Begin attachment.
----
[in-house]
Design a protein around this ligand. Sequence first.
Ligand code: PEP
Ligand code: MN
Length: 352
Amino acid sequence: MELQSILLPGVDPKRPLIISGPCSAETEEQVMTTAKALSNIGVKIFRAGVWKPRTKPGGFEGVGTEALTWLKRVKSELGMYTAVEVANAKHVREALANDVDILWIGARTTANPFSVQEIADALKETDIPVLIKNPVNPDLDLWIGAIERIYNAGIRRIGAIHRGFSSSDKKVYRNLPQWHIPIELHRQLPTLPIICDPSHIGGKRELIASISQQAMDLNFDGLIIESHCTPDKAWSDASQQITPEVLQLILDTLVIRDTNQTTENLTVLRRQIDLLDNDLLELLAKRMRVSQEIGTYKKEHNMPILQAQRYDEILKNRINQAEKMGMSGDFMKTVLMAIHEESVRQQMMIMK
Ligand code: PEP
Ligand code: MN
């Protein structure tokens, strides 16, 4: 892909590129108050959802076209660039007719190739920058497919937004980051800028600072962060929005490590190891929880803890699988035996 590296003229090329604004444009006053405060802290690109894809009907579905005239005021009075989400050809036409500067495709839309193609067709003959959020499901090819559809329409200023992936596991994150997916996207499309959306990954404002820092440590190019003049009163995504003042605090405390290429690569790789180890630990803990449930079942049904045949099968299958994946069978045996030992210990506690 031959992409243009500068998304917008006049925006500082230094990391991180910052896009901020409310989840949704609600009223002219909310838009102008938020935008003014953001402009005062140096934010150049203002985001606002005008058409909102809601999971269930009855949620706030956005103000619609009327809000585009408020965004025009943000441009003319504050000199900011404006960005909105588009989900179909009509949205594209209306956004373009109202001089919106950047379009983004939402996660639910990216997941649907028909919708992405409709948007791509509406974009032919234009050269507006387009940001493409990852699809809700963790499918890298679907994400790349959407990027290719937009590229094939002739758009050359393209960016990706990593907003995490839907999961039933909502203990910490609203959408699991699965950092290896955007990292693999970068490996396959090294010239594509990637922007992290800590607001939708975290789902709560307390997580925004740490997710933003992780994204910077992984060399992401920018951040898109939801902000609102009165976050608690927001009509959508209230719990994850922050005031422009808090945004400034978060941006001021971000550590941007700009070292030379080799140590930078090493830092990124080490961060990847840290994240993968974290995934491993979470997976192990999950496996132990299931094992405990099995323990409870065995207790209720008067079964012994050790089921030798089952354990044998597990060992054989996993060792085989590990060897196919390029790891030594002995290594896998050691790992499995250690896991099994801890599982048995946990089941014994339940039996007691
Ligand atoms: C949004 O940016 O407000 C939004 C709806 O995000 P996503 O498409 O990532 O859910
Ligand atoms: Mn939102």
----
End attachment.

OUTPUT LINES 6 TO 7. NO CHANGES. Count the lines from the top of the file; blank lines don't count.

Amino acid sequence: MELQSILLPGVDPKRPLIISGPCSAETEEQVMTTAKALSNIGVKIFRAGVWKPRTKPGGFEGVGTEALTWLKRVKSELGMYTAVEVANAKHVREALANDVDILWIGARTTANPFSVQEIADALKETDIPVLIKNPVNPDLDLWIGAIERIYNAGIRRIGAIHRGFSSSDKKVYRNLPQWHIPIELHRQLPTLPIICDPSHIGGKRELIASISQQAMDLNFDGLIIESHCTPDKAWSDASQQITPEVLQLILDTLVIRDTNQTTENLTVLRRQIDLLDNDLLELLAKRMRVSQEIGTYKKEHNMPILQAQRYDEILKNRINQAEKMGMSGDFMKTVLMAIHEESVRQQMMIMK
Ligand code: PEP